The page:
Indan Journal of Medical Research Indan Journal of Medical Research Indan Journal of Medical Research Indan Journal of Medical Research
  Home About us Editorial board Search Ahead of print Current issue Archives Submit article Instructions Subscribe Contacts Login  
  Home Print this page Email this page Small font sizeDefault font sizeIncrease font size Users Online: 831       

   Table of Contents      
ORIGINAL ARTICLE
Year : 2015  |  Volume : 141  |  Issue : 1  |  Page : 100-106

Efficacy & safety evaluation of Ayurvedic treatment (Ashwagandha powder & Sidh Makardhwaj) in rheumatoid arthritis patients: a pilot prospective study.


1 Department of Pharmacology, All India Institute of Medical Sciences, New Delhi, India
2 Department of AYUSH, Ministry of Health & Family Welfare, Government of India, New Delhi, India
3 CGHS Ayurvedic Hospital, New Delhi, India

Date of Submission11-Jun-2012
Date of Web Publication2-Apr-2015

Correspondence Address:
Yogendra Kumar Gupta
Professor & Head, Department of Pharmacology, All India Institute of Medical Sciences, Ansari Nagar, New Delhi 110 029
India
Login to access the Email id

Source of Support: None, Conflict of Interest: None


DOI: 10.4103/0971-5916.154510

Rights and Permissions
   Abstract 

Background & objectives: In the traditional system of medicine in India Ashwagandha powder and Sidh Makardhwaj have been used for the treatment of rheumatoid arthritis. However, safety and efficacy of this treatment have not been evaluated. Therefore, the present study was carried out to evaluate the efficacy and safety of Ayurvedic treatment (Ashwagandha powder and Sidh Makardhwaj) in patients with rheumatoid arthritis.
Methods: One hundred and twenty five patients with joint pain were screened at an Ayurvedic hospital in New Delhi, India. Eighty six patients satisfied inclusion criteria and were included in the study. Detailed medical history and physical examination were recorded. Patients took 5g of Ashwagandha powder twice a day for three weeks with lukewarm water or milk. Sidh Makardhwaj (100 mg) with honey was administered daily for the next four weeks. The follow up of patients was carried out every two weeks. The primary efficacy end point was based on American College of Rheumatology (ACR) 20 response. Secondary end points were ACR50, ACR70 responses, change from baseline in disease activity score (DAS) 28 score and ACR parameters. Safety assessments were hepatic function [alanine aminotransferase (ALT), aspartate aminotransferase (AST), alkaline phosphatase (ALP), bilirubin and ß2 microglobulin], renal function (urea and creatinine and NGAL) tests and urine mercury level.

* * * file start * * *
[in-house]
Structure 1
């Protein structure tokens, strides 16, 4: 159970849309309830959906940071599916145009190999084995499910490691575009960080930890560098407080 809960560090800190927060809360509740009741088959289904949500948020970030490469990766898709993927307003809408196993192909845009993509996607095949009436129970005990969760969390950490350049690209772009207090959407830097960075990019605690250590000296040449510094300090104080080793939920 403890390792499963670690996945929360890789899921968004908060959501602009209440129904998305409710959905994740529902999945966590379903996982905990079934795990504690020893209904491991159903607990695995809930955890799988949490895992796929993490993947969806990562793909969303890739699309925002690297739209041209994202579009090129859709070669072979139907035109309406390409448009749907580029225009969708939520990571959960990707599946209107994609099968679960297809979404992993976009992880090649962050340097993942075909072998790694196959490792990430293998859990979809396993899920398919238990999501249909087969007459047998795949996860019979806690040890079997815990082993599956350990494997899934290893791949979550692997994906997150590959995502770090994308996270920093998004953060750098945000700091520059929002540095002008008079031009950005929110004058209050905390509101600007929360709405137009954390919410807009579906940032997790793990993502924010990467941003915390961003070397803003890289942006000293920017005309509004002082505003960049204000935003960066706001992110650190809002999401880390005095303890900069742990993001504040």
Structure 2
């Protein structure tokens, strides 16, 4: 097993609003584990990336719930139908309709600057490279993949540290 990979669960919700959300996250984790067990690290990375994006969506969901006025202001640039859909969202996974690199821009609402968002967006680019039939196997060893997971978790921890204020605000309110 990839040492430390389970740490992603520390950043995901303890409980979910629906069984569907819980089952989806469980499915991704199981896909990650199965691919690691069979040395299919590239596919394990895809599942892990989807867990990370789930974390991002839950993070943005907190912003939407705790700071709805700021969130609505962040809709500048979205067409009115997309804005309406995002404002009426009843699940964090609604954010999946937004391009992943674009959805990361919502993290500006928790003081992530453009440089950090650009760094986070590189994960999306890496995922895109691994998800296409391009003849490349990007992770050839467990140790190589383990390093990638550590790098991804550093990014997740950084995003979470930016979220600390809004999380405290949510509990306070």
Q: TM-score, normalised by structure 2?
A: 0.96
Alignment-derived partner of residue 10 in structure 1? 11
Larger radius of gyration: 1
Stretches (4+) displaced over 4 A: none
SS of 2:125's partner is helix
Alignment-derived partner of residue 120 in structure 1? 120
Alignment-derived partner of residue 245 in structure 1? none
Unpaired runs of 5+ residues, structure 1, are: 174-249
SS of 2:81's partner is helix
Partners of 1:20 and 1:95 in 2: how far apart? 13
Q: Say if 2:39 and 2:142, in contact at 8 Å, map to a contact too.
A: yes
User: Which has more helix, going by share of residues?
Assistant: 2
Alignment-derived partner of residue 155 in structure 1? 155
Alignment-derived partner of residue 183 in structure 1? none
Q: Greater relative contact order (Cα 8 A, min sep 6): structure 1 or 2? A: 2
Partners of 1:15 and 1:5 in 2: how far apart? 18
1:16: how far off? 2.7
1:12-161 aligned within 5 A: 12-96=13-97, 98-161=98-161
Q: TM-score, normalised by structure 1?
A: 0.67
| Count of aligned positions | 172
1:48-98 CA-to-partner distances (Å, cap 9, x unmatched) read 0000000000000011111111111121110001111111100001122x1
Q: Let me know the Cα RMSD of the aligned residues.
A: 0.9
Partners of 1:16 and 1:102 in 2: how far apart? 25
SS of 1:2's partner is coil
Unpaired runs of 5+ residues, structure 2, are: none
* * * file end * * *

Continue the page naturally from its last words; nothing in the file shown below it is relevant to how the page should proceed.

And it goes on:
Results: The study was completed by 90.7 per cent (78/86) patients. Patients with moderate and high disease activity were 57.7 per cent (45/78) and 42.3 per cent (33/78), respectively. All patients were tested positive for rheumatoid factor and increased ESR level. Ashwagandha and Sidh Makardhwaj treatment decreased RA factor. A significant change in post-treatment scores of tender joint counts, swollen joint counts, physician global assessment score, patient global assessment score, pain assessment score, patient self assessed disability index score and ESR level were observed as compared to baseline scores. ACR20 response was observed in 56.4 per cent (44/78) patients (American College of Rheumatology criteria) and moderate response in 39.74 per cent (31/78) patients [European League Against Rheumatism (EULAR) criteria]. Ayurvedic treatment for seven weeks in rheumatoid arthritis patients showed normal kidney and liver function tests. However, increased urinary mercury levels were observed after treatment.
Interpretation & conclusions: The findings of the present study suggest that this Ayurvedic treatment (Ashwagandha powder and Sidh Makardhwaj) has a potential to be used for the treatment of rheumatoid arthritis. However, due to small sample size, short duration, non randomization and lack of a control group as study limitations, further studies need to be done to confirm these findings.

Keywords: Ashwagandha powder (Withania somnifera) - clinical trial - efficacy - rheumatoid arthritis - safety - Sidh Makardhwaj


How to cite this article:
Kumar G, Srivastava A, Sharma SK, Rao T D, Gupta YK. Efficacy & safety evaluation of Ayurvedic treatment (Ashwagandha powder & Sidh Makardhwaj) in rheumatoid arthritis patients: a pilot prospective study. Indian J Med Res 2015;141:100-6

How to cite this URL:
Kumar G, Srivastava A, Sharma SK, Rao T D, Gupta YK. Efficacy & safety evaluation of Ayurvedic treatment (Ashwagandha powder & Sidh Makardhwaj) in rheumatoid arthritis patients: a pilot prospective study. Indian J Med Res [serial online] 2015 [cited 2019 Aug 20];141:100-6. Available from: http://www.ijmr.org.in/text.asp?2015/141/1/100/154510

Rheumatoid arthritis (RA) is a chronic, systemic, inflammatory, progressive disease. The prevalence of rheumatoid arthritis has been reported to be 0.75 per cent in Indian population [1] . The disease is more common in women than in men and occurs between the ages of 40 and 60 yr [2] . It leads to irreversible joint damage and systemic complications, and is associated with substantial morbidity and increased mortality [3],[4] . Patients with active RA suffer from significant decline in functional capacity and 40 per cent become work disabled within five years from onset of symptoms [5] . Direct and indirect costs are also enormous [6] .